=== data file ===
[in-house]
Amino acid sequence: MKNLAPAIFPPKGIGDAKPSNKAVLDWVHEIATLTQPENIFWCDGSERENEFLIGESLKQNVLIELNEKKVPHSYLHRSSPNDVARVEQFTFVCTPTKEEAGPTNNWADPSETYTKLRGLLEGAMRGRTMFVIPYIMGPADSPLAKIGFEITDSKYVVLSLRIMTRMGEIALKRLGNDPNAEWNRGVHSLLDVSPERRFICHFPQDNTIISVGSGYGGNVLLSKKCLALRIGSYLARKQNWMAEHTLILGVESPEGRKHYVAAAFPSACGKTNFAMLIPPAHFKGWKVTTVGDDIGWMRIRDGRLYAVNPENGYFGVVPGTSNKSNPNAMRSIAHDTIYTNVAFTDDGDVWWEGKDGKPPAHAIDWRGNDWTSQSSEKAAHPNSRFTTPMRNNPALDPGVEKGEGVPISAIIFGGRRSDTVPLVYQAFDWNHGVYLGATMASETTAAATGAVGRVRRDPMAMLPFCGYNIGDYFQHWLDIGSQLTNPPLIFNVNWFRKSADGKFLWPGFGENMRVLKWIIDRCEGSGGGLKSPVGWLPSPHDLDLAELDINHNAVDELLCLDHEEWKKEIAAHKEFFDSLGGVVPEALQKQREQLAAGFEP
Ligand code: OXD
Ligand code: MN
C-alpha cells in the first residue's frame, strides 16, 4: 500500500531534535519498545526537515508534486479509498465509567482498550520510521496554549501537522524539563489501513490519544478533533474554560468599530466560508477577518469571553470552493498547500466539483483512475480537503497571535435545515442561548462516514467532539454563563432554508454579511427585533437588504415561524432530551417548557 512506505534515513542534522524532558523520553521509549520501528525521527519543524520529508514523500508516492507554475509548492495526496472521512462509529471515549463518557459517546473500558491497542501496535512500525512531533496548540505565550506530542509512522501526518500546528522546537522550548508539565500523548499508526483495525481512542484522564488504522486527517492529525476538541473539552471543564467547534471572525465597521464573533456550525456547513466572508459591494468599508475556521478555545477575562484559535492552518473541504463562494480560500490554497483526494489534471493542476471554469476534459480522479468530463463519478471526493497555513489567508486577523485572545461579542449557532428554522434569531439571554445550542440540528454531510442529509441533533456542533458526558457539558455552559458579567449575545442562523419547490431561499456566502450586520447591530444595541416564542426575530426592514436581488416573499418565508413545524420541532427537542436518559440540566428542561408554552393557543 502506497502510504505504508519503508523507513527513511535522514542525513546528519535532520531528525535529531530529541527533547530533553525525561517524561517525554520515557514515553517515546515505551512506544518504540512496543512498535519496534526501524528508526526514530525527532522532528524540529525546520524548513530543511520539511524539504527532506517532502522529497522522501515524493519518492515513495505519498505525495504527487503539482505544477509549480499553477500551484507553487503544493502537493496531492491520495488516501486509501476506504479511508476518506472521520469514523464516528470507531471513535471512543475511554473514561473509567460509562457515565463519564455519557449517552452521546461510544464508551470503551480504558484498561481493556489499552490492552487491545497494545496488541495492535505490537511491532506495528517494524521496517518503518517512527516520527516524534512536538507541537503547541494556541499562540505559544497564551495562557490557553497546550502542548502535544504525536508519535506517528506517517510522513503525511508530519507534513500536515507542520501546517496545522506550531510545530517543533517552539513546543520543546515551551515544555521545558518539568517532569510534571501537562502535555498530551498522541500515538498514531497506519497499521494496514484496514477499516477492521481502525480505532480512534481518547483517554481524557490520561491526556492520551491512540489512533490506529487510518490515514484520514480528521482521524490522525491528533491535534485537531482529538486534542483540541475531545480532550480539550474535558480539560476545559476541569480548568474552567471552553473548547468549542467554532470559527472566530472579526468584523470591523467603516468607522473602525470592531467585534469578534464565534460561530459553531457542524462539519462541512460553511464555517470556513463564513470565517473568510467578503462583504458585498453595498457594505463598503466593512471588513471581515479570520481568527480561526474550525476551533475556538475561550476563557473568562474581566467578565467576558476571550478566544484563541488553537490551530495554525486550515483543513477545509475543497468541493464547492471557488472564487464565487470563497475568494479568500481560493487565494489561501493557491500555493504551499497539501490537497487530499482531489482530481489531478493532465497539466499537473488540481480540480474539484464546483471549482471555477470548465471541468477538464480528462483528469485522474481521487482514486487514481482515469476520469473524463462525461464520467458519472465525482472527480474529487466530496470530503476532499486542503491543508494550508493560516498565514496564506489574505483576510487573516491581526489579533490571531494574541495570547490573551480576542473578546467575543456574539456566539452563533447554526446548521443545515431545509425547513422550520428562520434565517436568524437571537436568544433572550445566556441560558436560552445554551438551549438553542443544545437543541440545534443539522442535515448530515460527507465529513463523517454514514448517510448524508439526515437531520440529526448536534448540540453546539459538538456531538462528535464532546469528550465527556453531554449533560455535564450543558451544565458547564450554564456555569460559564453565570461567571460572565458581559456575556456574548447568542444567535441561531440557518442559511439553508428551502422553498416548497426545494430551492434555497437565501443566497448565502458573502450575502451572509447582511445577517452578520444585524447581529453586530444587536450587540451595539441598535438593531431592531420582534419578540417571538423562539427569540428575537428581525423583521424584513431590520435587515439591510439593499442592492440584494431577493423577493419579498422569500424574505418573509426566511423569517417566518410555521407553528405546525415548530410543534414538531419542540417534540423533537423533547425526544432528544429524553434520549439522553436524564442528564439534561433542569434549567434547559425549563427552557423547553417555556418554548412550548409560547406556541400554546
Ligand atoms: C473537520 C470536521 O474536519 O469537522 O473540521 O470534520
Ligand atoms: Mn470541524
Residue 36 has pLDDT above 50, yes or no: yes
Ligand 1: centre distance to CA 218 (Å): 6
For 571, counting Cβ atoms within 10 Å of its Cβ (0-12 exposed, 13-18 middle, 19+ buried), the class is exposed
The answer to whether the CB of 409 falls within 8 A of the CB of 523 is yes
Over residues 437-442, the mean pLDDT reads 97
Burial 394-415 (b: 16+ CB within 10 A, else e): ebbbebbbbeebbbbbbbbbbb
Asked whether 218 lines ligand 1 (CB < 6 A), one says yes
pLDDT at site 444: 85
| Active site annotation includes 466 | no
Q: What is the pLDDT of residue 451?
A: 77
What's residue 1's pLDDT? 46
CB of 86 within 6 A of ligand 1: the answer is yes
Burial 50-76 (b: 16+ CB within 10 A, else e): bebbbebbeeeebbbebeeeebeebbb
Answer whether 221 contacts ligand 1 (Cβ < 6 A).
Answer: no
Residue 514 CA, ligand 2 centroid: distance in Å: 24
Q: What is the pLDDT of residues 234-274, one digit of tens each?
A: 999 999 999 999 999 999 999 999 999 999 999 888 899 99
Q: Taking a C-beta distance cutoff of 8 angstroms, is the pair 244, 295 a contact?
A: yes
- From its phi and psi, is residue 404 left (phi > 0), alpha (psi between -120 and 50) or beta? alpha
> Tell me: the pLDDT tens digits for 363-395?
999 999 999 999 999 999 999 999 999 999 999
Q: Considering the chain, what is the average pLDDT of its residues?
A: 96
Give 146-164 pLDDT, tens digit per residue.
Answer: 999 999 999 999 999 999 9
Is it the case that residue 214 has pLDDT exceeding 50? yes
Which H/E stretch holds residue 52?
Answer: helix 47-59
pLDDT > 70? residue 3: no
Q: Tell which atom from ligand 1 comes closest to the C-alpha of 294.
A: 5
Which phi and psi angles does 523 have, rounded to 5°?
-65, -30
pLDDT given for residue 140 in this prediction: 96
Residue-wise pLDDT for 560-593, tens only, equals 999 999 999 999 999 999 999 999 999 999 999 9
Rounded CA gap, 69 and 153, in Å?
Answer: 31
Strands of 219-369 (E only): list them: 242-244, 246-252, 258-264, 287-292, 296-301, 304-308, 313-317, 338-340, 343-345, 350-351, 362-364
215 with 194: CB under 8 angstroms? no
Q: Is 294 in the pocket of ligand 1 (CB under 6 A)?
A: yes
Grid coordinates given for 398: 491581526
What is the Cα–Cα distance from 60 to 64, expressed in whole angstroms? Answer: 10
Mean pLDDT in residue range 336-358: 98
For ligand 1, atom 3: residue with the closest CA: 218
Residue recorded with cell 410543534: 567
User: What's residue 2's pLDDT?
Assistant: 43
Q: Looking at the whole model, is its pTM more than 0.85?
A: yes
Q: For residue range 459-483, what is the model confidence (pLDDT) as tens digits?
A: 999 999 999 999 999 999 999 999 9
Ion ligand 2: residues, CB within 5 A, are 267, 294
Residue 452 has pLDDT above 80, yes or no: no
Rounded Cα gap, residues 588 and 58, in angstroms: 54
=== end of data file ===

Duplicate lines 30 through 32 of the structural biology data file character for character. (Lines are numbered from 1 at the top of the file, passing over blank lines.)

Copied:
> Tell me: the pLDDT tens digits for 363-395?
999 999 999 999 999 999 999 999 999 999 999
Q: Considering the chain, what is the average pLDDT of its residues?